The Monkeys taught me to think about eye on the ball, left arm straight, head down, don’t sway, the left arm is for power and right arm is for control and some told me the left arm is for control and the right arm for power and some even told me use only my left arm and leave my right out of it. They also told me to shift my weight, but when I tried to do that, they said stay still you’re swaying. Then when I would stay still they said to shift my weight. Some Monkey’s told me I needed to swing inside out, and that my swing was too steep. I mean there were so many things I was thinking about when I went to hit the ball, it was ridiculous!

Marc – Was there one thing that really got you to stop thinking about all that Monkey talk?

Ex-Monkey – One thing? No, not really.

Marc – So if there wasn’t one thing, what got you over the hump?

Ex-Monkey- Well I shouldn’t say there wasn’t one thing. That sounds as if there wasn’t anything that caused me to get better. On the first day alone, you probably showed 6 or 7 examples of what the Monkey’s tell us to do, and why they can’t be done consistently. When you had Tom put his hands on your hat to hold your head perfectly still and then you tried to shift your weight to your left foot. You could see that it was impossible for you to move and that you either had a choice of hitting behind the ball because your weight couldn’t move or you had to lean back more on your right foot so that you would avoid the ground, but by doing so, you would catch the ball on the way up and top it. That was so powerful and important for us to see!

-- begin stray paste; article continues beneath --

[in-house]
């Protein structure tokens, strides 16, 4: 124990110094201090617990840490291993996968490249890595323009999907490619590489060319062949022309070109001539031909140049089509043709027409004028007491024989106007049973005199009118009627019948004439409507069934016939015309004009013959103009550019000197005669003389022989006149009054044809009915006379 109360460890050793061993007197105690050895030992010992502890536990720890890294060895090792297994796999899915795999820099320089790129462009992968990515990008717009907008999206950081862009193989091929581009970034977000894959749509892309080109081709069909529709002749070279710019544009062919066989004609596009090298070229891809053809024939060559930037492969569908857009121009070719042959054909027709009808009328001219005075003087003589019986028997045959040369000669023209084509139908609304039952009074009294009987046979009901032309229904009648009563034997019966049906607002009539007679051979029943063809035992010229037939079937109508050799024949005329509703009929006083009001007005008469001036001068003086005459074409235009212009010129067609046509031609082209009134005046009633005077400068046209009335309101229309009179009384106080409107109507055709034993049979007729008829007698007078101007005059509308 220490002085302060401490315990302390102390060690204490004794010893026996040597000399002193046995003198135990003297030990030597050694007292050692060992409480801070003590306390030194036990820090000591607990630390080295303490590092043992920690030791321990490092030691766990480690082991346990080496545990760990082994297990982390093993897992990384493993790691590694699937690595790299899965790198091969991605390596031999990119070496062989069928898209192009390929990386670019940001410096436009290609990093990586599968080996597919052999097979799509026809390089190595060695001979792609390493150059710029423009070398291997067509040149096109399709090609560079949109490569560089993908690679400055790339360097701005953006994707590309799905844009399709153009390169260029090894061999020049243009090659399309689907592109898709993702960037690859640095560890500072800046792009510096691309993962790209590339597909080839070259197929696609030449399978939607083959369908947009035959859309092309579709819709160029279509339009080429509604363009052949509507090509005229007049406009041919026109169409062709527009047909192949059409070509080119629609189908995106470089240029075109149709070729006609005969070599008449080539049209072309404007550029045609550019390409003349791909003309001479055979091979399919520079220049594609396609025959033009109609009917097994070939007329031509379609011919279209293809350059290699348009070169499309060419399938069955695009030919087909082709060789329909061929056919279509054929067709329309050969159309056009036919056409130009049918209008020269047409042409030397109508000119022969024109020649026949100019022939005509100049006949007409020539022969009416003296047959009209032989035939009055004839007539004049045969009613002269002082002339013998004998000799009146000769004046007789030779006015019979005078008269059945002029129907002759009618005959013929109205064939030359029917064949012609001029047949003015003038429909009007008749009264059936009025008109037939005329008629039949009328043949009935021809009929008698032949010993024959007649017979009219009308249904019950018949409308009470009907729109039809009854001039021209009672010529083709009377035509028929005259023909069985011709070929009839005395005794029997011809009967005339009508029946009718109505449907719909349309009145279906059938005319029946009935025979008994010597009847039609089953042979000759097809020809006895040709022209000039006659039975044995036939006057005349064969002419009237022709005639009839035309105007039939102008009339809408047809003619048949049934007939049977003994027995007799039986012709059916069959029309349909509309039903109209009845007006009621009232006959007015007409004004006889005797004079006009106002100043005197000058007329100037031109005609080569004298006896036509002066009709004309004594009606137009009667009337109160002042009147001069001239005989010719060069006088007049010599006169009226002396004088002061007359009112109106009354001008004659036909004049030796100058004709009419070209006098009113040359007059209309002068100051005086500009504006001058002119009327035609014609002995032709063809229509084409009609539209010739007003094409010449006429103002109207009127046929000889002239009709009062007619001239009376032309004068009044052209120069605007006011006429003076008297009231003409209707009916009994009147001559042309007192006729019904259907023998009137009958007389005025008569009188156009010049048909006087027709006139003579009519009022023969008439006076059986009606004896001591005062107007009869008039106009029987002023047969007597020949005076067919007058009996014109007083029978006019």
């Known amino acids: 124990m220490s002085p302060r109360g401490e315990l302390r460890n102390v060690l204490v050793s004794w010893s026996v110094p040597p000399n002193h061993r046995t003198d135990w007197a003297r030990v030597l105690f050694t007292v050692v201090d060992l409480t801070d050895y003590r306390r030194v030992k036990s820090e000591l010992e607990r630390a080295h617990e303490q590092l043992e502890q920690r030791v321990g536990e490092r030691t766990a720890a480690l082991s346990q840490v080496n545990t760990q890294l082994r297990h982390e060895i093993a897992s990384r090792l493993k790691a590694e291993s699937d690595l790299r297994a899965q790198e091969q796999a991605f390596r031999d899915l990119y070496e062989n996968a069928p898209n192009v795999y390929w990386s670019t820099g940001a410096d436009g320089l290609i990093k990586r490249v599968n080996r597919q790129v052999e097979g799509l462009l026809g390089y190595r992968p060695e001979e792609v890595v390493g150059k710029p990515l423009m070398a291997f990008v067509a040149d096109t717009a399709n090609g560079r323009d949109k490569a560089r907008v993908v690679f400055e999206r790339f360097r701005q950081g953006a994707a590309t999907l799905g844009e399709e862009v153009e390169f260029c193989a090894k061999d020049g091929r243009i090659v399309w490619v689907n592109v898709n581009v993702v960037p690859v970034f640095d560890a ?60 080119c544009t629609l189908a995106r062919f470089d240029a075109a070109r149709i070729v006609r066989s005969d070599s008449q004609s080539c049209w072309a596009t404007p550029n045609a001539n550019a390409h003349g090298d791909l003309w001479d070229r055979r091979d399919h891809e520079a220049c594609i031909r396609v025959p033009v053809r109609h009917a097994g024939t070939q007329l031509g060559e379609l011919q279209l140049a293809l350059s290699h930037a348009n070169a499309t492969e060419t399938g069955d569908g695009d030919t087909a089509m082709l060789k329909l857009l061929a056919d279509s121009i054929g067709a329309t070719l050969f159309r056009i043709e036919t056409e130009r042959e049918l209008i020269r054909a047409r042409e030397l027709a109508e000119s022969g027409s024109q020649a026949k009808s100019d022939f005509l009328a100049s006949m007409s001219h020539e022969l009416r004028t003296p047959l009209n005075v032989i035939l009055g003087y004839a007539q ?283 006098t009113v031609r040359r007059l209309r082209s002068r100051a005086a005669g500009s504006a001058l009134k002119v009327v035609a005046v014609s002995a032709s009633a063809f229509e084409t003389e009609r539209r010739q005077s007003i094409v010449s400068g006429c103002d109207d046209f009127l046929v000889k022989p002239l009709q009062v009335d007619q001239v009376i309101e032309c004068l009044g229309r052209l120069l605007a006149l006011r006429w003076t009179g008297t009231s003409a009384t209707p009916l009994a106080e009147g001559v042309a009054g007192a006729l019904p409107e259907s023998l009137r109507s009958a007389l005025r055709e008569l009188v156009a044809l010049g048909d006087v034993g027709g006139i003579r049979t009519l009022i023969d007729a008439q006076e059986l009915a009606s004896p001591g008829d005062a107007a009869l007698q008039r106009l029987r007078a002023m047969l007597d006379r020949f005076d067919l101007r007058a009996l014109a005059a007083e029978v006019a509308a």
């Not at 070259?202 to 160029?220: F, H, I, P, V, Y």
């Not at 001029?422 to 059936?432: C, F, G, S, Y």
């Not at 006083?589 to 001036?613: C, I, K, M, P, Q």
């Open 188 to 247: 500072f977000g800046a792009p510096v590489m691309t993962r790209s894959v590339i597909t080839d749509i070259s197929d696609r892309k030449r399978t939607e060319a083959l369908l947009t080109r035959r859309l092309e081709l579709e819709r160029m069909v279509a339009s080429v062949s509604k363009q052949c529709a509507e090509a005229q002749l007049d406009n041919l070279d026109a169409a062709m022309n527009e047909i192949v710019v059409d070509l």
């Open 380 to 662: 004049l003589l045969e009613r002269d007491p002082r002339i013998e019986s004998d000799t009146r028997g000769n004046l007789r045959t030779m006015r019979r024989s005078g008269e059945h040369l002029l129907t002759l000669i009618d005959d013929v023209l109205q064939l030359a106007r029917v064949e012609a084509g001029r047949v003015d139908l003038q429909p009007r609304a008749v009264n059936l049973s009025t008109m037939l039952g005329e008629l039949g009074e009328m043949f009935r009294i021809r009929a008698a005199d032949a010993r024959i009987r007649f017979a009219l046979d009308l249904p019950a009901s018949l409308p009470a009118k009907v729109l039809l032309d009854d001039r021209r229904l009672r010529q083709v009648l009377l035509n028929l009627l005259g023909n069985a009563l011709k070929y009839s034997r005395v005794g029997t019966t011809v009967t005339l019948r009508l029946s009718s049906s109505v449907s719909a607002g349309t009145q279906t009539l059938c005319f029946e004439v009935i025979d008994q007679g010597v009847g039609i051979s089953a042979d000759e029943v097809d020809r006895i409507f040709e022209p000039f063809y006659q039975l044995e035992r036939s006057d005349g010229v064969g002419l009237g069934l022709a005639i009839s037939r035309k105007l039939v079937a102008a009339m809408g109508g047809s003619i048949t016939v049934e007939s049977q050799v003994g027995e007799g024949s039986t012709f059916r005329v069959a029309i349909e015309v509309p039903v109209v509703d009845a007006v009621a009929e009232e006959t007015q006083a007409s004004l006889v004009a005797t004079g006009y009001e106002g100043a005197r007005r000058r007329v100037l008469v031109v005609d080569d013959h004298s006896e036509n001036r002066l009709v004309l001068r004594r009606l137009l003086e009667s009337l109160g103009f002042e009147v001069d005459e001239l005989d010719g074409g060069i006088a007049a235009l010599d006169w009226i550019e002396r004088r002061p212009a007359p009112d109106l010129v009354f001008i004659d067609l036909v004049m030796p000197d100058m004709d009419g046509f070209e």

Maybe why that was so powerful was that it was so visual and all 4 of us in the group could now understand what caused us to hit behind the ball on occasion and what caused us to top it on other swings. It showed us why we are so inconsistent on the golf course.

Also – what was incredibly interesting is how on the first day we did those drills with swinging with the right arm and reaching for the club with the left arm and then vice versa. Then when we were feeling comfortable with that and could see and feel the difference, you asked us to take 2-practice swings with our eyes closed so that we could feel the movements of our body, instead of thinking about the ball.

After all the lessons that I’ve taken over the years and all the Instructors, I mean Professional Monkeys, that always asked me during the lesson – “Did you feel that? Did you feel that?” And where I’d say “Yes”, even though I didn’t feel it. All that wasted time. And then after doing your drill with the arms and then swinging with my eyes closed – I can now finally say – “Yes, I felt it!”